We know that middle school students won’t often want to share personal feelings out loud, but will answer questions in a more private way like an in-class questionnaire.
When your students know that you are interested in them and how they feel about writing, you have the added benefit of building trust. When you know your students, you have ways to discuss the writing process with them and to understand how you can help them as they work through writing pieces.
2. Teach what plagiarism is
We know students will plagiarize. Sometimes intentionally and sometimes not.
Start by teaching students what plagiarism is. And, like many important lessons, this needs to be repeated throughout the year. Plagiarism includes passing off someone else’s work as your own. So whether students are using AI, an article from the internet, or some words that their friend or parent has written, those are all forms of plagiarism.
In simplest terms, using AI to “write” a paper that is turned in for a grade is cheating. Students need to understand this.
3. Discuss how we learn
Artificial Intelligence is busy learning — and learning fast. What about our students?
A key question for writing teachers is “Where does the learning take place?”
It takes place in the process, in the struggle, in the work.
Is growth mindset still discussed in your classroom? Accepting/embracing challenges is one of its pillars.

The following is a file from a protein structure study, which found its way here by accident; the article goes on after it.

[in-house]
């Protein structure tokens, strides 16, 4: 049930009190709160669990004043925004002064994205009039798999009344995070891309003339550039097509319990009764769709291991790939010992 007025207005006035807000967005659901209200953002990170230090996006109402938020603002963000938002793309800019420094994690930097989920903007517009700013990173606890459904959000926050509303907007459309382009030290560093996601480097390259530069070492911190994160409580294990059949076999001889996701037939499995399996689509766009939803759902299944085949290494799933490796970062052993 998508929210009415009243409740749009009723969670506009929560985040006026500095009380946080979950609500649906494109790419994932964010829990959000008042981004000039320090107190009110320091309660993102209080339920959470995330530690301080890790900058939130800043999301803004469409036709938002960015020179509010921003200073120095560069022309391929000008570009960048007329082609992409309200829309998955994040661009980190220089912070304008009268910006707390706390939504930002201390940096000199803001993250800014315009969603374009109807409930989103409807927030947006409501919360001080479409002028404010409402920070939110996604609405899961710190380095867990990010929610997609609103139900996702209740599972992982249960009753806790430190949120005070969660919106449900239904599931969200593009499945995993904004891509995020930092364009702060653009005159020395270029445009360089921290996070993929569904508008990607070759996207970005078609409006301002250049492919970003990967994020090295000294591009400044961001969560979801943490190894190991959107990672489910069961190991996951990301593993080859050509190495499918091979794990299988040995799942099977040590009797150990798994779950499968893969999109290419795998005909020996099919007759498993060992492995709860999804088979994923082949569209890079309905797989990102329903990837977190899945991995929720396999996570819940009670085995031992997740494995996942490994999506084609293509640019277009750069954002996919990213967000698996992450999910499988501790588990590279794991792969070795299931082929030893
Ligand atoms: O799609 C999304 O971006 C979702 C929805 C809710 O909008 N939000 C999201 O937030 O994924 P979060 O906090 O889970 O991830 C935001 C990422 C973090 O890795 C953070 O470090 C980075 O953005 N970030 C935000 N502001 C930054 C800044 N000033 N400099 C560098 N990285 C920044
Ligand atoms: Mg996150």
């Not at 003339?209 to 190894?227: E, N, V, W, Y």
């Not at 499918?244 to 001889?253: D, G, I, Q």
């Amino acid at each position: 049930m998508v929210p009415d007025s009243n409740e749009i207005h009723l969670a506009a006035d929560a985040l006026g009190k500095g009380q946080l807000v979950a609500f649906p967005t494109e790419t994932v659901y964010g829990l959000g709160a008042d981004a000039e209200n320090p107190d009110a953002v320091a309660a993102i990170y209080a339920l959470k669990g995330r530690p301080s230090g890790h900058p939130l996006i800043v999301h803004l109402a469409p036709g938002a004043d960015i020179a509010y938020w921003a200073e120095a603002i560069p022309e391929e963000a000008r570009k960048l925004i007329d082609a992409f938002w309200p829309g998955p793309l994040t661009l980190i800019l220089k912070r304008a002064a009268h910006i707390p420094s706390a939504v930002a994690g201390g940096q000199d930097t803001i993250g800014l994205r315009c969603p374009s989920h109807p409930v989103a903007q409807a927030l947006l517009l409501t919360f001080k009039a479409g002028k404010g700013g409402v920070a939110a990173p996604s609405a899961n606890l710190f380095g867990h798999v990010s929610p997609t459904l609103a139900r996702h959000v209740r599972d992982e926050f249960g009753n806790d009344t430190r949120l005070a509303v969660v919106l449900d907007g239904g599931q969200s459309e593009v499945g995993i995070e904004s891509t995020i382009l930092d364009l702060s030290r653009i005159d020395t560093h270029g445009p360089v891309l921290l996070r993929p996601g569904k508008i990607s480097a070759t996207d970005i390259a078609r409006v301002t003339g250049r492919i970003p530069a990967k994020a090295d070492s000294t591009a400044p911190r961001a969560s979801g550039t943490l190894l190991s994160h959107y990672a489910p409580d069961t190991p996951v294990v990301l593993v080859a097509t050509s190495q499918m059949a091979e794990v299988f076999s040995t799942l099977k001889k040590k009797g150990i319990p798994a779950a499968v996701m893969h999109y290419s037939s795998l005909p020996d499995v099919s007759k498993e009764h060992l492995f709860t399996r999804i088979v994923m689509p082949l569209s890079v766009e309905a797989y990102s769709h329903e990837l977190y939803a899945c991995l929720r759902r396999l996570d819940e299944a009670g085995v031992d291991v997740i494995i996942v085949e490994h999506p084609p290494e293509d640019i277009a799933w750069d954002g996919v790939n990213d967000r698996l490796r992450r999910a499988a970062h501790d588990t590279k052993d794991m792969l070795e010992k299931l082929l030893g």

Have the frank discussion with your students about the challenges of writing and how writers learn to write. Students need to understand that everyone struggles with writing. Everyone feels like writing is hard, and everyone dreads that little blinking cursor.
What are we learning if we allow a computer to write for us? To make evaluations for us? To write a book report or research paper? How is that improving our brains and our learning?
Point out that your students generally do not write like first graders. Why? Because through practice they have learned how to put ideas together, and there is still more to learn.
Leaning into the growth mindset principles helps our students understand that writing is hard, but hard work helps us learn and grow.
It’s tempting for students to think, I’ll just get a framework from AI or I’ll get some ideas since I’m having trouble getting started. Maybe that’s sounds like a good place to compromise in using AI. However, it’s not providing students an opportunity to struggle with the writing process — and that’s where the learning takes place.
Plagiarism is wrong because it’s fraud. But it’s also robbing your students because they’re missing a learning opportunity. They’re not expanding their skill set (back to the Growth Mindset!).
The one who learns is the person who does the work.
4. Understand their why
We know our students will take shortcuts. They have busy and often stressful lives. Deciding to use AI to generate a paper may seem like the fastest way to get the job done.
But why do students do this?
Is it because they don’t have enough time? Do they not have the skills? Are they insecure about their writing?
Try to understand their why and how you can be part of the solution.
If our students’ goals are just to get the job done, and they don’t see any benefit from writing, they’re going to be more prone to cheating. If it’s all about getting a certain grade, the benefits of writing (critical thinking, organizing thoughts, supporting arguments, etc.) are not even a byproduct.
When time is the issue (and isn’t it always!) give them more time to write. Stretch out that writing project just a little bit more, have more checkpoints with them so that they are getting more feedback from you. Interact with them throughout the writing process.